It is gradually dawning on Oregonians, and Americans in general, that one of the principal aims of punishment (safety of the public) is now guaranteed through LWOP. Because of this reality, the death penalty, to speak ironically, may almost be snuffed out by LWOP in the future. I didn't know until last Friday that TX, by far the largest "user" of the penalty in America, just passed its LWOP statute in June 2005. We may, therefore, see a decline in death penalty convictions even in that state in the near future.
When the public gradually believes that LWOP "works," the growing support for its use instead of the death penalty will grow even stronger. I think it takes about a generation for most good ideas to "sink in" to the larger population. It seems as if this is happening now with LWOP.
Factor # 4--The Costs of the Death Penalty System
One of the central arguments in my book, A Tortured History: The Story of Capital Punishment in Oregon (2001) was that the cost of imposing the death penalty in Oregon, with all the legal protections now available to a defendant, exceeds the cost of LWOP and that, therefore, it doesn't make economic sense to have the death penalty. When I made the argument for the first time in 1999 (as I was researching the book), I was greeted with polite notice but no one really took the argument very seriously. In 1999 we were still in what I call the "moral paradigm" of understanding the death penalty--you were either "unalterably" opposed to it on moral grounds or you thought that an "eye for an eye" meant that the death penalty was legitimate. All talk between the two sides had stopped.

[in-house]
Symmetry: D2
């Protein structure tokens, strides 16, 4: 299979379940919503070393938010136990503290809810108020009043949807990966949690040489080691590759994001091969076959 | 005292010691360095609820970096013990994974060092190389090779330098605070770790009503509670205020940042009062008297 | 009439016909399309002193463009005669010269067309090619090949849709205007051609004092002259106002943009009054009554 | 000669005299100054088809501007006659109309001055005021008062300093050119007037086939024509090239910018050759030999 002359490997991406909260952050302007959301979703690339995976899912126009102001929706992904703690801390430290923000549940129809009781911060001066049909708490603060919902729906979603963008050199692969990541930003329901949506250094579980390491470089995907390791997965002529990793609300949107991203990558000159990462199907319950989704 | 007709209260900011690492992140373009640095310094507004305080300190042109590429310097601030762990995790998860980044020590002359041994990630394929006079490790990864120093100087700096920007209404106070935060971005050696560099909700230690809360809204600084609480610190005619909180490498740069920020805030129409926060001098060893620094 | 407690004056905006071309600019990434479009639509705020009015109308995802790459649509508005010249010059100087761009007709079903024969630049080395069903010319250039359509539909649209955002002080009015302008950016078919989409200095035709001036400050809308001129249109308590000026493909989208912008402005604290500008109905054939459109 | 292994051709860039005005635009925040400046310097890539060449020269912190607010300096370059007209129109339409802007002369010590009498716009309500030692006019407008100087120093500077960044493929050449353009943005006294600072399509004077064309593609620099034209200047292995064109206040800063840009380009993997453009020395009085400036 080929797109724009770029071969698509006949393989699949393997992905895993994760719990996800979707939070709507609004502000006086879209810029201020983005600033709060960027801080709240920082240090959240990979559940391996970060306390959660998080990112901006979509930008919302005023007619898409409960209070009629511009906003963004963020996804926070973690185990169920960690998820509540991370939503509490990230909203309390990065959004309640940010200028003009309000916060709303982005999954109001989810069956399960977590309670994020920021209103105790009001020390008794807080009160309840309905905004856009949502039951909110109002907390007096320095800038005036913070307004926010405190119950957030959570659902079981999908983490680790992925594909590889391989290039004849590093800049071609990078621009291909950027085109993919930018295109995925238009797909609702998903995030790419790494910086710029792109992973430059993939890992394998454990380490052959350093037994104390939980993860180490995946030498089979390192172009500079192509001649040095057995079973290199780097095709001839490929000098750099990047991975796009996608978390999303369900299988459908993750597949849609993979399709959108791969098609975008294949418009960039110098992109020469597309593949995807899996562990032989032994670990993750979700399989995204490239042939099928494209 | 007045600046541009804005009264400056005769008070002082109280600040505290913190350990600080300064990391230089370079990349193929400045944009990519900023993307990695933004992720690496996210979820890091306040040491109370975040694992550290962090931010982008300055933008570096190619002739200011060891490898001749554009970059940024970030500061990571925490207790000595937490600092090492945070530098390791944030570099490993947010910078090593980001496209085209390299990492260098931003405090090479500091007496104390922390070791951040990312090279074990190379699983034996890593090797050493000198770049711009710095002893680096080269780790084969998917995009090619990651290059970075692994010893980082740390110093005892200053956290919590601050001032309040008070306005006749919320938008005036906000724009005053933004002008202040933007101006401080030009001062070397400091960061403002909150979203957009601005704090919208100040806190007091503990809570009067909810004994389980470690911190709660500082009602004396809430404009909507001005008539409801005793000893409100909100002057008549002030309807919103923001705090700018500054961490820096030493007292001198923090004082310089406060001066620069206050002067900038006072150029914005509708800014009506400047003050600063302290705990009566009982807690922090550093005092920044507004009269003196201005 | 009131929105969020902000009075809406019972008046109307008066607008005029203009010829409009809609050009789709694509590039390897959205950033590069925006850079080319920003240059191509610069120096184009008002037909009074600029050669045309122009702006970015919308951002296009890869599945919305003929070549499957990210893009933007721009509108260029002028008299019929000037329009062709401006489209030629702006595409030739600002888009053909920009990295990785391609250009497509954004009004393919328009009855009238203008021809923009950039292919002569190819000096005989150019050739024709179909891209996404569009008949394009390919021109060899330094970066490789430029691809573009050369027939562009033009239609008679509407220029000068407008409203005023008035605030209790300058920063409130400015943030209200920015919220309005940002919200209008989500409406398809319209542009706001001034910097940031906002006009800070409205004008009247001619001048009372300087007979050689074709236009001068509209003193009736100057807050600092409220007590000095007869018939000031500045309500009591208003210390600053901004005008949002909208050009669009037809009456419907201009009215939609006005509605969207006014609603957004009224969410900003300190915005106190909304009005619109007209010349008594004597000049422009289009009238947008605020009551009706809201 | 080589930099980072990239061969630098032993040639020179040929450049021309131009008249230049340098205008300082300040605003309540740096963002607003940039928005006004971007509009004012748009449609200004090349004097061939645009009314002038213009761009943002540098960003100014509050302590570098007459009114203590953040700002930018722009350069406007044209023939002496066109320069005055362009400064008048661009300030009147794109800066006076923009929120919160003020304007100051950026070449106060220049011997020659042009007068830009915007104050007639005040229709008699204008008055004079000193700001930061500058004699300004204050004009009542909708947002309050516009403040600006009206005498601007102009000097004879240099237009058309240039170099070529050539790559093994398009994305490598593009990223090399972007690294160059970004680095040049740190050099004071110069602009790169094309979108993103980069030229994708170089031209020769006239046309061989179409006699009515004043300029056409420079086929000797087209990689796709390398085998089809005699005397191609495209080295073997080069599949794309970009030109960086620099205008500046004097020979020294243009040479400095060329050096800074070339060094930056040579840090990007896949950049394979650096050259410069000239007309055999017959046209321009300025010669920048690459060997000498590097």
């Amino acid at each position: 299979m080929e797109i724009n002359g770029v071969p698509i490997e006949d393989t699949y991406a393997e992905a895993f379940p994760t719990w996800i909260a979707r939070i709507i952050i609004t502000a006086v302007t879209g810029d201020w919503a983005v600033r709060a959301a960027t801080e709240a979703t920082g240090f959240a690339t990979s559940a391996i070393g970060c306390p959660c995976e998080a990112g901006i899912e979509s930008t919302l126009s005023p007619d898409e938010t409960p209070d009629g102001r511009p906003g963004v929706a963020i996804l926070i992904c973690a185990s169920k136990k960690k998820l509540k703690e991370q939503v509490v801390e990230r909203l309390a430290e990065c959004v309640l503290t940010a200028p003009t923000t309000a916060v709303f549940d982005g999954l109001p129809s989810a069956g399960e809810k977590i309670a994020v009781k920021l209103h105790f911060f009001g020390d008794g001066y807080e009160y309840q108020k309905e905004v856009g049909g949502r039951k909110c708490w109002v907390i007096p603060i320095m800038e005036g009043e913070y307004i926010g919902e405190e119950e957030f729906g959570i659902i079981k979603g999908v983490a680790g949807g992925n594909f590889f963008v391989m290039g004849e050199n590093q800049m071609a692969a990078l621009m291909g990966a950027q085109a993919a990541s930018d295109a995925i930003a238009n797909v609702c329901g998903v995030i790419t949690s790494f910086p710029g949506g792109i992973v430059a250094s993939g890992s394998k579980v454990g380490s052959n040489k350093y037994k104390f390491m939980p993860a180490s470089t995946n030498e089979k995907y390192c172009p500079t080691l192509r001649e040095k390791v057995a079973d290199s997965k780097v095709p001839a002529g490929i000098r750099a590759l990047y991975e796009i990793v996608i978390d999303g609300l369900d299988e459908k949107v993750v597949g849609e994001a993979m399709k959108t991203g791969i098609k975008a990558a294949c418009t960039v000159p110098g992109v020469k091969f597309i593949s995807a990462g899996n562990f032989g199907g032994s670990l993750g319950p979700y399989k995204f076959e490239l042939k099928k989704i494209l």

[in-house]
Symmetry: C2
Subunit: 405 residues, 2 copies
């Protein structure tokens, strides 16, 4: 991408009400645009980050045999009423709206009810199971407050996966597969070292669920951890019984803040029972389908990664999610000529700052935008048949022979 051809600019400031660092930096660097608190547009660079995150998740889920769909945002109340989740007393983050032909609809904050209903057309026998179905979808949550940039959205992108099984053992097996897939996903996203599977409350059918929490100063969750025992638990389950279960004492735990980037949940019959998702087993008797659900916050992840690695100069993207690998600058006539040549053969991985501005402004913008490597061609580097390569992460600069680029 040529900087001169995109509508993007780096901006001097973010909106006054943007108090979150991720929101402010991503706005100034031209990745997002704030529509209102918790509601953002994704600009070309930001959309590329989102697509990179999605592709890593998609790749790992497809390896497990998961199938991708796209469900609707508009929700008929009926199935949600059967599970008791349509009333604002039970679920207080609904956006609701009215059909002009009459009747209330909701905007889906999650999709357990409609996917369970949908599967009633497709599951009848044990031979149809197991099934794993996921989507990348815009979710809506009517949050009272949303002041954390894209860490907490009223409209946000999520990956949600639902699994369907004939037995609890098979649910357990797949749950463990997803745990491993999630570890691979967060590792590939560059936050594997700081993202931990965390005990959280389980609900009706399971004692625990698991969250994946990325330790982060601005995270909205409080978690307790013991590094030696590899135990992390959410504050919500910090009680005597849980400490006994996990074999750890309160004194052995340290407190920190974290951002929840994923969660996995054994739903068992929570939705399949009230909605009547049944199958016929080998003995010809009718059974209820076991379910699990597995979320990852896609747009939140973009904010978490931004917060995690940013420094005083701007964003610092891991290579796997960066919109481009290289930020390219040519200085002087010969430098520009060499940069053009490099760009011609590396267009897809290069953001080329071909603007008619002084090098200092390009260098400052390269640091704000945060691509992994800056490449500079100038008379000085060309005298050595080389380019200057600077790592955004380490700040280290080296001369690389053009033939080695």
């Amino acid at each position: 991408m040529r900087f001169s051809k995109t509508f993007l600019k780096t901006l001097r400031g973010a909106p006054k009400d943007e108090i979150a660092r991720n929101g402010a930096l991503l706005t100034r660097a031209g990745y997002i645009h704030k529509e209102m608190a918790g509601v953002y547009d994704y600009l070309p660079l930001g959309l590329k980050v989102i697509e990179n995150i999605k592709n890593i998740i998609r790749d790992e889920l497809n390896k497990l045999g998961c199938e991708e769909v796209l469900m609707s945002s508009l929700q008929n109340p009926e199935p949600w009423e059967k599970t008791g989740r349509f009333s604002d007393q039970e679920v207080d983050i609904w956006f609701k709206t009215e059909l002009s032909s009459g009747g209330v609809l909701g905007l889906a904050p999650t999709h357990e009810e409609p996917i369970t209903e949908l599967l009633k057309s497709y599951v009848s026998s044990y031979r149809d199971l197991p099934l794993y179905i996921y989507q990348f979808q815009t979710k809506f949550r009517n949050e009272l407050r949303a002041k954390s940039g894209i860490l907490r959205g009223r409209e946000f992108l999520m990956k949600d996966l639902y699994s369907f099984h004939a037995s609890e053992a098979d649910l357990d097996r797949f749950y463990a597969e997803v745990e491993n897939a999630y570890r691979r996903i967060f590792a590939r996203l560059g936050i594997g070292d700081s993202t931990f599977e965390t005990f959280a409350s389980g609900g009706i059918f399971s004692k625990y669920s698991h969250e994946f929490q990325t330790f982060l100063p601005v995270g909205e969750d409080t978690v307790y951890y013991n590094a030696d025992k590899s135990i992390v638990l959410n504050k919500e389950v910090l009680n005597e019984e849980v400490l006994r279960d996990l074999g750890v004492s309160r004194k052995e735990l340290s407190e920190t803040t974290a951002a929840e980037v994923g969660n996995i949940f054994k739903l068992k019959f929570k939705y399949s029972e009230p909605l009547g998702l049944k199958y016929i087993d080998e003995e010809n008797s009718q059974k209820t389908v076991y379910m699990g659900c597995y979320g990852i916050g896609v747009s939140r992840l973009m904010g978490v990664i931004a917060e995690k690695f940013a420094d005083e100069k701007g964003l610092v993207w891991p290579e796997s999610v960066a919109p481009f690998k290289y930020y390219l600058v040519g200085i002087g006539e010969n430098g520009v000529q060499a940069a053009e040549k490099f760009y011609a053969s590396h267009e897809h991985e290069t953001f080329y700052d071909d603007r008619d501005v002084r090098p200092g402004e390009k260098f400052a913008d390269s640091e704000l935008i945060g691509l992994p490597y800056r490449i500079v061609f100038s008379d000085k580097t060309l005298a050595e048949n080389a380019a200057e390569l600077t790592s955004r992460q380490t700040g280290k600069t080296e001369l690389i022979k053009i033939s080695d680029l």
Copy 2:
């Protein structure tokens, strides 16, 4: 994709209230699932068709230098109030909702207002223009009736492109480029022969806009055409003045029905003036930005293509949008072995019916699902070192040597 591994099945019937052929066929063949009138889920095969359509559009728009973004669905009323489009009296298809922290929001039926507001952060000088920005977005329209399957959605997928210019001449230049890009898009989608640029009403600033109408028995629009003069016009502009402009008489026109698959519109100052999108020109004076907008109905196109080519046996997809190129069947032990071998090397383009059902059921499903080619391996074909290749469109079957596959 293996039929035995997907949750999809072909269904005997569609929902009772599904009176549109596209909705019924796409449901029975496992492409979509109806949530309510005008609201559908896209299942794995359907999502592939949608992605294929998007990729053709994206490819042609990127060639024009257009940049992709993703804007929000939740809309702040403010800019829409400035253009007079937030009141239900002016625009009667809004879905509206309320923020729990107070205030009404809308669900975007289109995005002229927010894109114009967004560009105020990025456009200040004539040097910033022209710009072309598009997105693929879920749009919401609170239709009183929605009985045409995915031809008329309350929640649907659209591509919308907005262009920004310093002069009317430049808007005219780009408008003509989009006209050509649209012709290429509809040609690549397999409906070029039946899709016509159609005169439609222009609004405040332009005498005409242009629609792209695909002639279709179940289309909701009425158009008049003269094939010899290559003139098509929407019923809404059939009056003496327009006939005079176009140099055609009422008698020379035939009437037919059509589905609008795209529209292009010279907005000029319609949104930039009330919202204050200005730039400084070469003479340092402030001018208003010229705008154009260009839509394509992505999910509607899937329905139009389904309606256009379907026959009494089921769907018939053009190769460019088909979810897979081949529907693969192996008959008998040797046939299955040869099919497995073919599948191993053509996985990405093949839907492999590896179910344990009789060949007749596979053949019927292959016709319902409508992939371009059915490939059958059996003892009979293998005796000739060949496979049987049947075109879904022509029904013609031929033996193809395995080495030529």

My purpose in making the economic argument was to frame the issue differently--and in a way that would put the death penalty on the public policy plate just like any other issue. That is, the death penalty would be one of the "competing realities" for funding, just like education or health care or Oregon's parks. The question that then lay behind this agenda was: "Is the death penalty more expensive than LWOP (which brings us the same security) and, if so, is it a good public policy choice when scarce dollars are in view?" Thus, some of my work, even posted on my web site, has shown that the costs of implementing the death penalty in Oregon are much more than those of LWOP. Just do a search on this site for "death penalty costs" or "Oregon death penalty."